The HTML tab offers you capabilities to inspect HTML in the document, search through the elements, see applied CSS rules, edit, and save back the file locally.
Selecting an HTML element is done by using the Select icon (or Ctrl + B), or by using the search box.
Notice I selected the <ul> that creates the list on the left. The element is selected in the DOM tree and its CSS Style rules applied to the current element are shown on the right. You can edit CSS rules directly here, and check/uncheck the boxes to have rules enabled or disabled.
Trace styles shows an alphabetical list of CSS rules applied to the current object, taking into account CSS cascading. This is very useful in identifying why a certain rule is not being executed, for example due to a cascade of rules.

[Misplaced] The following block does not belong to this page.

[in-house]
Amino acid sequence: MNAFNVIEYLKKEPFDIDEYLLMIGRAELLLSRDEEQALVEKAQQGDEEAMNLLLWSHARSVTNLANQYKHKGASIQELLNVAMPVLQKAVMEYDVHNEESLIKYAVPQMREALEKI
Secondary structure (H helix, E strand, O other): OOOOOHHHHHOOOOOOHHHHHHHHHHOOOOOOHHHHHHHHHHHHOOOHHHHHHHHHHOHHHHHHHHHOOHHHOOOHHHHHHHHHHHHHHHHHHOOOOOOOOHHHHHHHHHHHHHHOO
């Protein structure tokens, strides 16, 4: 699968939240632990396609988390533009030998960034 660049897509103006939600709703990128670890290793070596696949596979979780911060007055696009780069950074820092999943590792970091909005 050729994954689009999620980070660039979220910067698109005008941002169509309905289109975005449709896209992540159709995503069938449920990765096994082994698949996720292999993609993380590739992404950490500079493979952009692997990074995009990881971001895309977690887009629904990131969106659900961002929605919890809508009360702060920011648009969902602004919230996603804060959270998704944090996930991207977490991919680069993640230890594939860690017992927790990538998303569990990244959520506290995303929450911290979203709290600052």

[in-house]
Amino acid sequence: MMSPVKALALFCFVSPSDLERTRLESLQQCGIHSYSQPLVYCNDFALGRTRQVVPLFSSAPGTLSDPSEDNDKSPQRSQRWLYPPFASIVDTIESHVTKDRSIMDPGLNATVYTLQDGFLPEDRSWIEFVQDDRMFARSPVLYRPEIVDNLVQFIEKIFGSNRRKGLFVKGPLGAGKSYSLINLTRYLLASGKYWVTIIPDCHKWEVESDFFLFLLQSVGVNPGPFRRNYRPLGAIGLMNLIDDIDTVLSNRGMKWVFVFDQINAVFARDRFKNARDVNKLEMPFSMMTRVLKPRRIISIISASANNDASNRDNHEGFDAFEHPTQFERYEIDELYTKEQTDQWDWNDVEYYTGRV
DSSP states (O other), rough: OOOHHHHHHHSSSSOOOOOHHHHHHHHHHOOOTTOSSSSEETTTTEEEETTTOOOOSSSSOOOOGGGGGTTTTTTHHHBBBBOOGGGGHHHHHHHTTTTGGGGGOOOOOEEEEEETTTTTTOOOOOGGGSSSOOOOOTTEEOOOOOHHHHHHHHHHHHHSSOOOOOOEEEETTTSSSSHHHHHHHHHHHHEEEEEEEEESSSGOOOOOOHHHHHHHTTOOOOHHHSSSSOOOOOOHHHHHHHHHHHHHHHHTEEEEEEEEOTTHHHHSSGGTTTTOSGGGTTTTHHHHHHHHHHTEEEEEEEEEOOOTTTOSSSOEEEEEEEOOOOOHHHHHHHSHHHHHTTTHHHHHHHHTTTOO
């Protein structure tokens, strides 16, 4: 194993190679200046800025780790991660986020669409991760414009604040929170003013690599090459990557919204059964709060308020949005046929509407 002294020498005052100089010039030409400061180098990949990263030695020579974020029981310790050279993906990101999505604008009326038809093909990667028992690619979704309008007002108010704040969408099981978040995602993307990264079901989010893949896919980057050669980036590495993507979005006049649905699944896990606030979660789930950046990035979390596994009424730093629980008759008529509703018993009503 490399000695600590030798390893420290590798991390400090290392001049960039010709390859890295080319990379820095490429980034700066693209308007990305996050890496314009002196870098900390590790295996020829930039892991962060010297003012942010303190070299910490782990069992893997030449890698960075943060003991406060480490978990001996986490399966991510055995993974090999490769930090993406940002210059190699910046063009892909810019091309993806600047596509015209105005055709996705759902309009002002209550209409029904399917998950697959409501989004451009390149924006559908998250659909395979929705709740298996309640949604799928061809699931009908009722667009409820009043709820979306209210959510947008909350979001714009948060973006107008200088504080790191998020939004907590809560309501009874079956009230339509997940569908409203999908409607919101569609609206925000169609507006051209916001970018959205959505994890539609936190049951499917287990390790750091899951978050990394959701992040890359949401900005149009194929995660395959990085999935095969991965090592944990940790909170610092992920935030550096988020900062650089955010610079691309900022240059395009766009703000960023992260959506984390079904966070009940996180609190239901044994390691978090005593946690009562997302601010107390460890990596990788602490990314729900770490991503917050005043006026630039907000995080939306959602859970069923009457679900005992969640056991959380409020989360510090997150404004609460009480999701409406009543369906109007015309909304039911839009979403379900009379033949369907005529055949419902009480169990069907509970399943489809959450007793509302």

The Layout tool is extremely useful in viewing any settings related to padding, margins, or other offset elements. Thanks to this, there are no more border pixels set in debug mode to help me with borders and margins!
The Attributes tool is useful for directly adding or editing the attributes of the selected element.
Finally, the CSS tab allows you to view all the CSS rule of all inline and linked style sheets. Here you can also search, edit, enable/disable styles, and save back to a local file.
View the desired script by choosing from the dropdown:
You can add a breakpoint by right-clicking in the desired line of code. Run and debug by using the context toolbar that allows you to Run, Break, Step into, Step over, and Step out of the code, just like you would in Visual Studio or other IDEs. Even the keyboard shortcuts are the same.
Tip: You can even add a breakpoint only to hit when a certain condition is true (conditional breakpoint). Right-click any breakpoint and choose Condition. Enter an expression; if evaluated to true, the breakpoint will hit.
Logging in the console, no more alert()